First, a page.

Jagat Mehta, one of the most morally and intellectually engaged human beings I have had the privilege to know, has just published his memoirs. He calls it The Tryst Betrayed. The reference, obviously, is to Jawaharlal Nehru’s famous midnight pronouncement.
Yet this is by no means an anti-Nehru book — quite the reverse. Jagatsaheb, as most people call him, was in the first batch of the Indian Foreign Service, hand-picked by Nehru, who was also our first foreign minister. Like many civil servants of that generation, he adored Nehru. And reading the book makes it clear that for Nehru as well, Jagatsaheb was special: he was the only foreign service officer to accompany Nehru on his election campaigns in 1957; the only one to ride horse-back to Bhutan with him and Ms Gandhi too (there were no roads then).
It’s also not an anti-India book. Jagatsaheb recognises India’s achievements as a democracy and, in more recent years, as an economy. If he titled the closing chapter of his book ‘Why has India underperformed’, it’s because he has such lofty hopes for us. As the nation of Mahatma Gandhi and Nehru, he believes we should aim higher — a more democratic economy, a more profound democracy, a more moral foreign policy.
One could argue that this is being too idealistic, but one thesis of the book is precisely that we have often run into problems by not being idealistic enough. Jagatsaheb’s most-telling example is our relation with our smaller neighbours — Bangladesh, Nepal and Sri Lanka. The book is full of instances where we found it difficult to resist the urge to bully them, even though in the long run this only undermined our interests. Farakka Barrage, for example, was more or less explicitly imposed on Bangladesh, despite the fact that the Bangladeshis saw this as a tax on their nation’s lifeblood. The Farakka waters did little to ‘flush’ the silt out of Hooghly, certainly not enough to save the Kolkata port. In the end, we just made sure that a lot of useable water ended up in the Bay of Bengal, and earned the enduring hostility of a large proportion of the Bangladeshi population.
Our reluctance to allow Nepal free transit for its exports and imports — even though unrestricted transit is a widely-respected right of landlocked sovereign nations — made us many enemies in Nepal. This is one reason why we haven’t yet been able to negotiate with Nepal on building dams on the rivers originating in the Nepalese Himalayas. These dams would generate electricity that we desperately need and slow down the rivers that are the source of so much erosion in the Nepalese Himalayas and annual floods in the north Bihar plains. The reason they never get built in part is that the Nepalese don’t trust us enough to be willing to enter an agreement where we are monopoly buyers of the power that they have to sell.
Afghanistan is another example. When the Soviets invaded Afghanistan in 1979, we chose not to complain, at the cost of abandoning our commitment to non-alignment, and our long-term alliance with the Afghan people, in order to show the Soviets that we were with them. Jagatsaheb, who was foreign secretary at that time, feels that the Soviets would have understood if we had chosen to stand by our principles, and argues that this decision drove the Afghans into the willing arms of the Pakistanis, and thereby contributed directly to the Afghan involvement in the Kargil war and beyond. Had we stuck to our principles in 1979, the book speculates, 9/11 might never have happened.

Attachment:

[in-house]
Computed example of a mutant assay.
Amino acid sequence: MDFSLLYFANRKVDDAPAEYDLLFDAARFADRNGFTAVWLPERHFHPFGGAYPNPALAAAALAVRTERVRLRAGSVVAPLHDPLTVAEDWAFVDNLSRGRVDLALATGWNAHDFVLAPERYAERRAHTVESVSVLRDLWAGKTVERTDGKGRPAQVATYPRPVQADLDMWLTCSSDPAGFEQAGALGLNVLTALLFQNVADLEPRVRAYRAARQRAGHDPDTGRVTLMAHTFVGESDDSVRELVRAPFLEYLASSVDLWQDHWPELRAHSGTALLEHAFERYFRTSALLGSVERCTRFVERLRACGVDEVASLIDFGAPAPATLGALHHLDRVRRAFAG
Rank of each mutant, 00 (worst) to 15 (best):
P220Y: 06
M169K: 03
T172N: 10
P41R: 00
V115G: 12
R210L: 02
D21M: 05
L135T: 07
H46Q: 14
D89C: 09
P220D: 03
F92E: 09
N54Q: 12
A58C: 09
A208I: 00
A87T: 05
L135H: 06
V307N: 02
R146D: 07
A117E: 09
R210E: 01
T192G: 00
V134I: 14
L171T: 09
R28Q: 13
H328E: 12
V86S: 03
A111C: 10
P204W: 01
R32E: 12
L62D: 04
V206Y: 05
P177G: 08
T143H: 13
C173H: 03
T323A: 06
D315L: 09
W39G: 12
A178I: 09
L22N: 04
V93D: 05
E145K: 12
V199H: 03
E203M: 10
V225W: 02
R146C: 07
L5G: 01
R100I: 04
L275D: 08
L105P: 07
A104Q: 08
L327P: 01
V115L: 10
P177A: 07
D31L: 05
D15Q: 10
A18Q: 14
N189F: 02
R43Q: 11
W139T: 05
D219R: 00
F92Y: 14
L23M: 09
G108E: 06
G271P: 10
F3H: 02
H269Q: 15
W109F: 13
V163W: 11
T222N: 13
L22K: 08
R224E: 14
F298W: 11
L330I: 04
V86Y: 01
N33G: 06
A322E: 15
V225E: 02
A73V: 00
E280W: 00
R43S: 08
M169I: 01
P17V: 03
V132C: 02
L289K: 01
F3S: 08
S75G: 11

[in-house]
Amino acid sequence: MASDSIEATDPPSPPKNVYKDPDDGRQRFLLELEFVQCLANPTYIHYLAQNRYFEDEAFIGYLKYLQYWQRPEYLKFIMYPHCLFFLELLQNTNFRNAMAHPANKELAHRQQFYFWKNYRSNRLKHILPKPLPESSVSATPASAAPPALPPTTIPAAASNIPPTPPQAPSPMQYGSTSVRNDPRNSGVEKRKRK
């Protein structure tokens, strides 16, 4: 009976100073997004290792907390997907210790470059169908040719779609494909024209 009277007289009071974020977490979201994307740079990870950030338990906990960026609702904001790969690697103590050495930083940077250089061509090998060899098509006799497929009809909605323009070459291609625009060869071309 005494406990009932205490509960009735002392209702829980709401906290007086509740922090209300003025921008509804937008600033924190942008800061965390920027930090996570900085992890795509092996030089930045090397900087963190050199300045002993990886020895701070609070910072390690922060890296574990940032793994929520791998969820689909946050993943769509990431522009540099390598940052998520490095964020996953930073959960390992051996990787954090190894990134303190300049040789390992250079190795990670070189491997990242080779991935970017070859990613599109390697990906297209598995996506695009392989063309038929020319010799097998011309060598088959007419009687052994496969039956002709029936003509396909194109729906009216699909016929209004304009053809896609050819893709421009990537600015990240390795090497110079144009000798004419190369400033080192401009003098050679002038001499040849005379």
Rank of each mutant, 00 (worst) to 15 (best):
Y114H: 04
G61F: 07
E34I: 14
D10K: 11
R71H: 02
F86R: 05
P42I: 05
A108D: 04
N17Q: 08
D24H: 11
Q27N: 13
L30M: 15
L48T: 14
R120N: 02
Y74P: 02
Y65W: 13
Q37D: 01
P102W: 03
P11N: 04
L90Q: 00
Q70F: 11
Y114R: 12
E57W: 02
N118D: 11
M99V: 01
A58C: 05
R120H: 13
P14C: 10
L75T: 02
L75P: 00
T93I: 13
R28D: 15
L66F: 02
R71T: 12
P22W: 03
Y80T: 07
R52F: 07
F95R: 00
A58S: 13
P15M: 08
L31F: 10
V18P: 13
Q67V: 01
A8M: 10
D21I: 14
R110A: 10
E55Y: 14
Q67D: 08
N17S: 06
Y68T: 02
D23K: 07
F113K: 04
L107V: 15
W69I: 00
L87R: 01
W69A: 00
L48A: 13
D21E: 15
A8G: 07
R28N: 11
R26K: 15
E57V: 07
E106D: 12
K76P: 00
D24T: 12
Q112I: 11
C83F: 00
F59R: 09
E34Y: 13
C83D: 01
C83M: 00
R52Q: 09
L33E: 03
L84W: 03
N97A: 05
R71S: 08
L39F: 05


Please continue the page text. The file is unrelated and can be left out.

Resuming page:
There is, however, another sense in which we were not idealistic enough. We idolised Nehru but lacked faith in what he stood for — rationalism, intellectual engagement, being open to ideas. We didn’t challenge him enough when he was wrong; instead, even the professionals who were supposed to be his source of information and advice convinced themselves that “Panditji knows best”.
This is what led to the fatal misunderstanding about China’s intentions in 1962. Panditji misread the signals that Chinese were sending us ever since the Tibet issue arose, and no one dared to tell him otherwise.
But it had much wider consequences. As Jagatsaheb put it: “Panditji was the greatest democratic dictator in history, but twelve years of his Prime Ministership were largely wasted.” We failed to make use of his charisma, his enthusiasm, his ability to inspire, to achieve social goals that would otherwise have been difficult. Because delivering basic health and education weren’t Nehru’s priorities — he was entirely in favour, but seemingly hadn’t grasped the sheer magnitude of the challenge of universalising quality education and healthcare in a vast and multifariously divided country like ours — and his advisers and colleagues did not force him to rethink, we still remain tragically backward in those areas. We celebrate Nehru’s birthday as Children’s Day, but it was the children’s tryst that was most egregiously betrayed.
Jagatsaheb remains optimistic. He thinks “we can retrieve our standing”, by returning to the legacy of idealism that we inherited from Gandhi and Nehru. He insists that idealism does need to be naïve — it’s about holding ourselves to a standard that we hope but don’t expect of others. That is certainly how he lives his own life.
Abhijit Banerjee is Ford Foundation International Professor of Economics and Director, Abdul Latif Jameel Poverty Action Lab, MIT
The views expressed by the author are personal